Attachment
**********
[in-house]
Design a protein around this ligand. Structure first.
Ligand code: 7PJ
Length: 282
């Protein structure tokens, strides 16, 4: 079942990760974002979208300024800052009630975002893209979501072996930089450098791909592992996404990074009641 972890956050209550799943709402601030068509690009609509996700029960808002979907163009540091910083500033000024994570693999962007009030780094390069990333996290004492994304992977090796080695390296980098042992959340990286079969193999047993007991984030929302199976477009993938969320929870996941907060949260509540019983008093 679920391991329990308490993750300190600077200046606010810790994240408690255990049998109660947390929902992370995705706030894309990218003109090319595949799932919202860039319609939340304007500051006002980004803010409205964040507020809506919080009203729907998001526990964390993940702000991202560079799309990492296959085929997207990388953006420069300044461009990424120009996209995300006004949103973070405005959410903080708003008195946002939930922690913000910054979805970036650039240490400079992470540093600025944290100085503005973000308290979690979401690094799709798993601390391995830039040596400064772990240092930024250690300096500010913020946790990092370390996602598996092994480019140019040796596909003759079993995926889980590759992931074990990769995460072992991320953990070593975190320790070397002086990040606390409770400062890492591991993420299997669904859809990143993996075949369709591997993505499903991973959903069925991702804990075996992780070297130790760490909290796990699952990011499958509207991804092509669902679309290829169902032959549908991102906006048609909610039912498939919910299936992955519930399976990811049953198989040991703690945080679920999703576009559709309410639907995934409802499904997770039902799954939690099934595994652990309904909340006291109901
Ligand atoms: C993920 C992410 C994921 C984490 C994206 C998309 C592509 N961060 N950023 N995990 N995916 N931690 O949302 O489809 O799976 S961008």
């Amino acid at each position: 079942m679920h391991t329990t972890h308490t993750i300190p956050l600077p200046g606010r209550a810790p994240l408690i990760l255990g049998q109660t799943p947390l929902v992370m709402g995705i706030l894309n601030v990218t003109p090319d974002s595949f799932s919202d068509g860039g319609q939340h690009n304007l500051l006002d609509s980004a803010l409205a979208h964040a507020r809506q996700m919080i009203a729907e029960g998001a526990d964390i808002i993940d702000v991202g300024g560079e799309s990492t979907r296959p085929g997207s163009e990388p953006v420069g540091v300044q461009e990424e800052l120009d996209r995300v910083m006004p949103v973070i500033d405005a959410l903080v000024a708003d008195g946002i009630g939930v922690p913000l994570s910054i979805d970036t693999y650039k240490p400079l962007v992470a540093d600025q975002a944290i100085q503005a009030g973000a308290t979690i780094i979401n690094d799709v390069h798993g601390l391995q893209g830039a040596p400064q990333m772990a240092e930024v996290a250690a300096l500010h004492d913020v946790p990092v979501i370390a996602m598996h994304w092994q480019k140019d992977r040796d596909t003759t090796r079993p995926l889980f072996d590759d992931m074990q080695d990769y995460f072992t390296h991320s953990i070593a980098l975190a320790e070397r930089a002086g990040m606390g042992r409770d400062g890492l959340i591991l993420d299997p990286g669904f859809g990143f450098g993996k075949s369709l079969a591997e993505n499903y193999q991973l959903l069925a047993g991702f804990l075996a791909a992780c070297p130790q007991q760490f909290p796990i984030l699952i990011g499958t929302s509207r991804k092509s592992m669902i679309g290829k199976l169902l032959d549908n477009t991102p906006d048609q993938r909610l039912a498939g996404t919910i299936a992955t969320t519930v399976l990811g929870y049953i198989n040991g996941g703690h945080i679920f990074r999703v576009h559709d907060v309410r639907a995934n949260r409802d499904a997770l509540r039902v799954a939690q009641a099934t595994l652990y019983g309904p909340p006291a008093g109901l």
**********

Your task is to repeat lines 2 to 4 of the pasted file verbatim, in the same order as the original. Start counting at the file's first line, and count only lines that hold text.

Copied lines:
Design a protein around this ligand. Structure first.
Ligand code: 7PJ
Length: 282